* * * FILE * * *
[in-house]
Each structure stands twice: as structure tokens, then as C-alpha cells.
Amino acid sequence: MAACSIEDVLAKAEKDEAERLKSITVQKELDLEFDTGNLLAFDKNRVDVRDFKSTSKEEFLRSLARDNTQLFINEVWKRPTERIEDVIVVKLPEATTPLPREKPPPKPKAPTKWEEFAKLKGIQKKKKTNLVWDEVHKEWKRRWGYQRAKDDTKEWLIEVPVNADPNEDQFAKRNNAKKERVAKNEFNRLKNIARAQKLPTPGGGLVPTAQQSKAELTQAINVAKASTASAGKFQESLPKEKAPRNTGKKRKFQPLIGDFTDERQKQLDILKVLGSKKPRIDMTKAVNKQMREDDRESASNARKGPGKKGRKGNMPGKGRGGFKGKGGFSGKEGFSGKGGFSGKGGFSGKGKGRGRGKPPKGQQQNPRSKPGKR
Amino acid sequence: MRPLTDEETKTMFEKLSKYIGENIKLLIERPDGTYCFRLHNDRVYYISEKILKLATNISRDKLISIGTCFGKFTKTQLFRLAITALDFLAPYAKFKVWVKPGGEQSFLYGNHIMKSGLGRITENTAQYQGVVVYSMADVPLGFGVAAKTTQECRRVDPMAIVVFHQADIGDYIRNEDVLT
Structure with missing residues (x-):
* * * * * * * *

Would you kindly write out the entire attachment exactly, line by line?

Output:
[in-house]
Each structure stands twice: as structure tokens, then as C-alpha cells.
Amino acid sequence: MAACSIEDVLAKAEKDEAERLKSITVQKELDLEFDTGNLLAFDKNRVDVRDFKSTSKEEFLRSLARDNTQLFINEVWKRPTERIEDVIVVKLPEATTPLPREKPPPKPKAPTKWEEFAKLKGIQKKKKTNLVWDEVHKEWKRRWGYQRAKDDTKEWLIEVPVNADPNEDQFAKRNNAKKERVAKNEFNRLKNIARAQKLPTPGGGLVPTAQQSKAELTQAINVAKASTASAGKFQESLPKEKAPRNTGKKRKFQPLIGDFTDERQKQLDILKVLGSKKPRIDMTKAVNKQMREDDRESASNARKGPGKKGRKGNMPGKGRGGFKGKGGFSGKEGFSGKGGFSGKGGFSGKGKGRGRGKPPKGQQQNPRSKPGKR
Amino acid sequence: MRPLTDEETKTMFEKLSKYIGENIKLLIERPDGTYCFRLHNDRVYYISEKILKLATNISRDKLISIGTCFGKFTKTQLFRLAITALDFLAPYAKFKVWVKPGGEQSFLYGNHIMKSGLGRITENTAQYQGVVVYSMADVPLGFGVAAKTTQECRRVDPMAIVVFHQADIGDYIRNEDVLT
Structure with missing residues (x-):